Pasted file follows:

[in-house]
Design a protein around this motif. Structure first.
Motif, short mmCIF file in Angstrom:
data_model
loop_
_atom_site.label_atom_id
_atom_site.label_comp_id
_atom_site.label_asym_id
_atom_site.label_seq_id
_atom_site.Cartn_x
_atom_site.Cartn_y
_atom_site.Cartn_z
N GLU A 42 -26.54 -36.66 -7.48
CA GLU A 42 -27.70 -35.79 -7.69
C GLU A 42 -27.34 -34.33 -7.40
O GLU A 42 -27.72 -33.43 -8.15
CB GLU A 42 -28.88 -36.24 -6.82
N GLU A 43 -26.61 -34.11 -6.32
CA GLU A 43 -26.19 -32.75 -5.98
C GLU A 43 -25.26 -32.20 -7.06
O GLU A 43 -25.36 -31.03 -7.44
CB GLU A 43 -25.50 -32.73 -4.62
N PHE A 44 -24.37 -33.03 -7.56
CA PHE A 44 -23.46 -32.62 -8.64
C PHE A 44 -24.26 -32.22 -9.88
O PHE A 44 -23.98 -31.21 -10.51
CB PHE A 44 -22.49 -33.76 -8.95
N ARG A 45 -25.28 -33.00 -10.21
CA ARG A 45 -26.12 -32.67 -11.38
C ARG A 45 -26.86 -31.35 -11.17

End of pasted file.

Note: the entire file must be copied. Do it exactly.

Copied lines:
[in-house]
Design a protein around this motif. Structure first.
Motif, short mmCIF file in Angstrom:
data_model
loop_
_atom_site.label_atom_id
_atom_site.label_comp_id
_atom_site.label_asym_id
_atom_site.label_seq_id
_atom_site.Cartn_x
_atom_site.Cartn_y
_atom_site.Cartn_z
N GLU A 42 -26.54 -36.66 -7.48
CA GLU A 42 -27.70 -35.79 -7.69
C GLU A 42 -27.34 -34.33 -7.40
O GLU A 42 -27.72 -33.43 -8.15
CB GLU A 42 -28.88 -36.24 -6.82
N GLU A 43 -26.61 -34.11 -6.32
CA GLU A 43 -26.19 -32.75 -5.98
C GLU A 43 -25.26 -32.20 -7.06
O GLU A 43 -25.36 -31.03 -7.44
CB GLU A 43 -25.50 -32.73 -4.62
N PHE A 44 -24.37 -33.03 -7.56
CA PHE A 44 -23.46 -32.62 -8.64
C PHE A 44 -24.26 -32.22 -9.88
O PHE A 44 -23.98 -31.21 -10.51
CB PHE A 44 -22.49 -33.76 -8.95
N ARG A 45 -25.28 -33.00 -10.21
CA ARG A 45 -26.12 -32.67 -11.38
C ARG A 45 -26.86 -31.35 -11.17